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President Trump vows to send as many troops to the border ‘as necessary’ to stop caravan

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President Trump vows to send as many troops to the border ‘as necessary’ to stop caravan

David Jackson,Susan Page and John Fritze, USA TODAY

HOUSTON – President Donald Trump on Monday vowed to send as many troops as necessary to the U.S.-Mexican border to block a growing caravan of Central American migrants, calling their trek “an assault on our country.”

In an exclusive interview with USA TODAY aboard Air Force One, the president said there were “people from the Middle East” in their ranks, reiterating a claim he made without evidence in a morning tweet. The president declined to say whether his assertion was based on intelligence agencies or some other source.

While Trump has made unsubstantiated charges that Democrats had funded the migrants, he said the television footage that showed them straggling north was rebounding to the political benefit of Republicans in the midterms. The caravan could be seen on a TV, tuned to Fox News, on the wall of his office aboard the presidential aircraft.

“I think this could be a blessing in disguise because it shows how bad our laws are,” he said. “The Democrats are responsible for that.”

That was akin to the unexpected political repercussions of the bitter Senate confirmation hearings for Brett Kavanaugh, now a Supreme Court justice. The controversy helped energize GOP voters in advance of the Nov. 6 elections, he said.

How many troops was he prepared to send to the border?

“As many as necessary,” he replied.

Trump has pummeled Democrats for weeks on immigration, harping on a proposal raised by some in the liberal wing of the party to abolish Immigration and Customs Enforcement. Though the idea is unlikely to ever become law, Trump has used it to paint Democrats as soft on crime and border security.

The president has also repeatedly used the caravan of Central American immigrantsmaking its way to the United States as a political issue, at one point framing the election as hanging on the outcome of the migrants' journey. He has threatened toseal the border with Mexico and reduce foreign aid to Central America.

Despite the threats from the White House, the caravan has grown and there are reports that the number of families crossing the border has swelled after the White House backed down from parts of a stricter enforcement policy that forced the separation of thousands of immigrant families this year.

Trump made immigration a central issue of the 2016 campaign and polls show it still resonates, especially with Republican voters, with only weeks to go before the midterms. A CNN poll last week of voters in Texas, where Trump was holding a rally Monday evening, found that immigration was virtually tied with the economy as the top issue in the state's Senate contest.

Trump continued to press on the issue during the rally in Texas, blaming "activist judges" for blocking his plan to end the practice of releasing immigrants apprehended at the border into the U.S., which critics call "catch and release." It was Trump himself who reversed part of the administration's "zero tolerance" policy following criticism that it caused a spike in family separations.

Underscoring the political salience of the issue for Republican midterm voters, the president used more direct language Monday to claim that Democrats had "something to do with" the caravan, which he repeatedly described as "an assault" on the country. Trump has not offered evidence to support the idea that Democrats are behind the caravan.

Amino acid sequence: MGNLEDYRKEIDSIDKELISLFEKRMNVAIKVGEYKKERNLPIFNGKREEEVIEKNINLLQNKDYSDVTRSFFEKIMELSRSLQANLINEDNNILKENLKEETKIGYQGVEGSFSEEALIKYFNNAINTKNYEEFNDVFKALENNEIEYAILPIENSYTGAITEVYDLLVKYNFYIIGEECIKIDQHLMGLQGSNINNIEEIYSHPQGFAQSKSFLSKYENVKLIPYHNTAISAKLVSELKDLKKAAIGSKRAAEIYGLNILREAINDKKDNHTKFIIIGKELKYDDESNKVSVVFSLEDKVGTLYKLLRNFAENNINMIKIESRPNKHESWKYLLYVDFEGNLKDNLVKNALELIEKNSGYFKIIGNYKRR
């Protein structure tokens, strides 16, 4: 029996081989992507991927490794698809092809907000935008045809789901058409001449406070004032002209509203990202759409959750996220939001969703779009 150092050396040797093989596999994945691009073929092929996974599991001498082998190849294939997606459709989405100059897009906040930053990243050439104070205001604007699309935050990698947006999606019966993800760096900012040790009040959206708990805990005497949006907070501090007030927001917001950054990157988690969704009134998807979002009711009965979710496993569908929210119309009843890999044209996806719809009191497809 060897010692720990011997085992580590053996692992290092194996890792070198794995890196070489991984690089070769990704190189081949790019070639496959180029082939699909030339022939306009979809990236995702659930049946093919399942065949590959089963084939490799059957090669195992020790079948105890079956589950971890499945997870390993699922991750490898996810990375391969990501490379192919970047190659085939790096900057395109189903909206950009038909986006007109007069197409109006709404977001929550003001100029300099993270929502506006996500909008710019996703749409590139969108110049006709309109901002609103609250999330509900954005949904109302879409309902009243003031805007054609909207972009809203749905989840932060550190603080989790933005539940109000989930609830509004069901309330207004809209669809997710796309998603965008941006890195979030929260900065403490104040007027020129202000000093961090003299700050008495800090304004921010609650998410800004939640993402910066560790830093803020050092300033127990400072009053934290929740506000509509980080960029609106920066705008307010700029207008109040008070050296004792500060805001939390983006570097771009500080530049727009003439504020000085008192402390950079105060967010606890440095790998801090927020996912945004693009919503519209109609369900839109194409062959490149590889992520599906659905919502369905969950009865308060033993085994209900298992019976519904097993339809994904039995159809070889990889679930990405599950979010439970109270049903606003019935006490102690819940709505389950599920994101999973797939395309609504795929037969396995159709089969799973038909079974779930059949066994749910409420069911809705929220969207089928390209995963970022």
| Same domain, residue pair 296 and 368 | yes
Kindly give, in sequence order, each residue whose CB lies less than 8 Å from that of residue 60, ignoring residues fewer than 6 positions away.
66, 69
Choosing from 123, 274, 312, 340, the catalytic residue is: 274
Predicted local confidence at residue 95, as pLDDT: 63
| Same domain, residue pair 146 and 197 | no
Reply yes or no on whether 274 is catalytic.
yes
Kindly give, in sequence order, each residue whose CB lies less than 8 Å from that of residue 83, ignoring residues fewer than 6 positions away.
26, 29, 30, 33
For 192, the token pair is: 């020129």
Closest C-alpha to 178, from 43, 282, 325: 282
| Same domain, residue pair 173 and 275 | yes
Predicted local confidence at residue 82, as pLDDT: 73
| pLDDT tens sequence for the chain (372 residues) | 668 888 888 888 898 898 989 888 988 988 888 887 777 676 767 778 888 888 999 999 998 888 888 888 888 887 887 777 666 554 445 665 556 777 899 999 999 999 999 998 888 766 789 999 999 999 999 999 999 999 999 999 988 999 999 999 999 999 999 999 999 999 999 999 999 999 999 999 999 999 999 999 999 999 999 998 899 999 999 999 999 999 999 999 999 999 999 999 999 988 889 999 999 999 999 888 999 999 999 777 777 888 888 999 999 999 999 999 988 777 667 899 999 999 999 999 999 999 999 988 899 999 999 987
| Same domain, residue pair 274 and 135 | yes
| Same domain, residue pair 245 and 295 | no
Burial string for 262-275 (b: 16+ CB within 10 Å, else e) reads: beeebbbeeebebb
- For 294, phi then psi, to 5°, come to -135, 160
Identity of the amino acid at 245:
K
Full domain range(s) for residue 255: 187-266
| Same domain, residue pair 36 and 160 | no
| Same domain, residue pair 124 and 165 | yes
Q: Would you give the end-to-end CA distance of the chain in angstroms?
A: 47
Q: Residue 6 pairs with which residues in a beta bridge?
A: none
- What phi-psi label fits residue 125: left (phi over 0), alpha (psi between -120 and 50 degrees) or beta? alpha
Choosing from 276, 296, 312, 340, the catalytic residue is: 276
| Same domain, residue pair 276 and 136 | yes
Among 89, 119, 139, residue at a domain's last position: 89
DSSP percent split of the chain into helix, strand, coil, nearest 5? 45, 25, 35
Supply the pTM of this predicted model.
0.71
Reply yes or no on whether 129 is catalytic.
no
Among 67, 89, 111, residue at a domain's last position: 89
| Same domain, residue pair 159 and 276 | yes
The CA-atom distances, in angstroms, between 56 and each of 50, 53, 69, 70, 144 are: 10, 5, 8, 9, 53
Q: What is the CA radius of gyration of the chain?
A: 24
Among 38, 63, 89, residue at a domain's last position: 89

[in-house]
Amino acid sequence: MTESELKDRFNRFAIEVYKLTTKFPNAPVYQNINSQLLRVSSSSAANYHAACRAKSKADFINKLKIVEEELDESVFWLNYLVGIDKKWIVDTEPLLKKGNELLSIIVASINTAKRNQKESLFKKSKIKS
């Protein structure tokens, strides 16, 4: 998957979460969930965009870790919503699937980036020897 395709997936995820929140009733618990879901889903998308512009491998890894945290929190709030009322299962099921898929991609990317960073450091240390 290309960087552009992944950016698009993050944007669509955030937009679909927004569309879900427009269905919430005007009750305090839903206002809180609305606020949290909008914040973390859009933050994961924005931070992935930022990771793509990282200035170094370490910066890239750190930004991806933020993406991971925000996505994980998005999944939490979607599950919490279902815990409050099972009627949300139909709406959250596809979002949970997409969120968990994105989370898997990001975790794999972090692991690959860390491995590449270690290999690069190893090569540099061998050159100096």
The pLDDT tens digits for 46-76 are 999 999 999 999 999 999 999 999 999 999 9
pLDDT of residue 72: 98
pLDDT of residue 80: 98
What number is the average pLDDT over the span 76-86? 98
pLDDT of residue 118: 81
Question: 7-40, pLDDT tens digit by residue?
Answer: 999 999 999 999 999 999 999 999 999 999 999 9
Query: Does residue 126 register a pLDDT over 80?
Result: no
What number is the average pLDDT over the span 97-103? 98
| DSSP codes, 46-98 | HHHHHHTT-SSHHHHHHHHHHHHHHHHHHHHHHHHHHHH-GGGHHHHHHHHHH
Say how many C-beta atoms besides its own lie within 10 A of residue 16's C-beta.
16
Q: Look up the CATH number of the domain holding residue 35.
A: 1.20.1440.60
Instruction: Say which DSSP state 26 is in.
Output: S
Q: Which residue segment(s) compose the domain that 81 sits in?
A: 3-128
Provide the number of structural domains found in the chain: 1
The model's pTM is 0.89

"In that caravan you have some very bad people and we can’t let that happen to our country," Trump said.

(World Journal) 編譯孫梁











Caravan of 7,000 Central American migrants continues north, defying warnings to turn back


HUEHUETAN, Mexico — As a caravan of Central Americans heads toward the U.S., President Trump is threatening to cut aid to three countries for letting the migrants leave. Most are now in southern Mexico, about 1,000 miles from the nearest U.S. border crossing.

Migrants from Honduras, Guatemala and El Salvador say they're fleeing poverty, persecution and gang violence. The caravan is now estimated to include more than 7,200 migrants, and more are expected to join on Tuesday, potentially pushing the number past 10,000.

They started out on their journey from San Pedro Sula, Honduras, traveling across Guatemala and into southern Mexico. A similar exodus in April with 1,500 migrants reached the U.S. border, and 250 migrants applied for asylum. But only three have received it so far.

Battling 100-degree heat and exhaustion in shoes with thin soles, Jessica Flores brought her strongest child with her. She left her four other children in Honduras. She became emotional when asked what it was like to leave her children, and said the farther she goes, the harder it gets.

The migrants continued towards the border in open defiance of both the U.S. and Mexican governments. On Monday, the U.S. embassy in Honduras released a video urging people to turn back or face detention. In Spanish, a message from the U.S. government says, "Please return to your country."

But the caravan is rumbling forward. CBS News first saw Sergio Caceres on Sunday, when the caravan reached Mexico. He's paralyzed and looking for work and better doctors in the U.S. He said he doesn't even have any shoes, since he gave them to his friend.

Despite the migrants' determination, this is a dangerous and deadly journey. On Monday, CBS News saw where a migrant fell from a truck to his death. The migrants say they hope to enter the U.S. through the crossing in Tijuana. At this pace, it will take a month and a half to get there.

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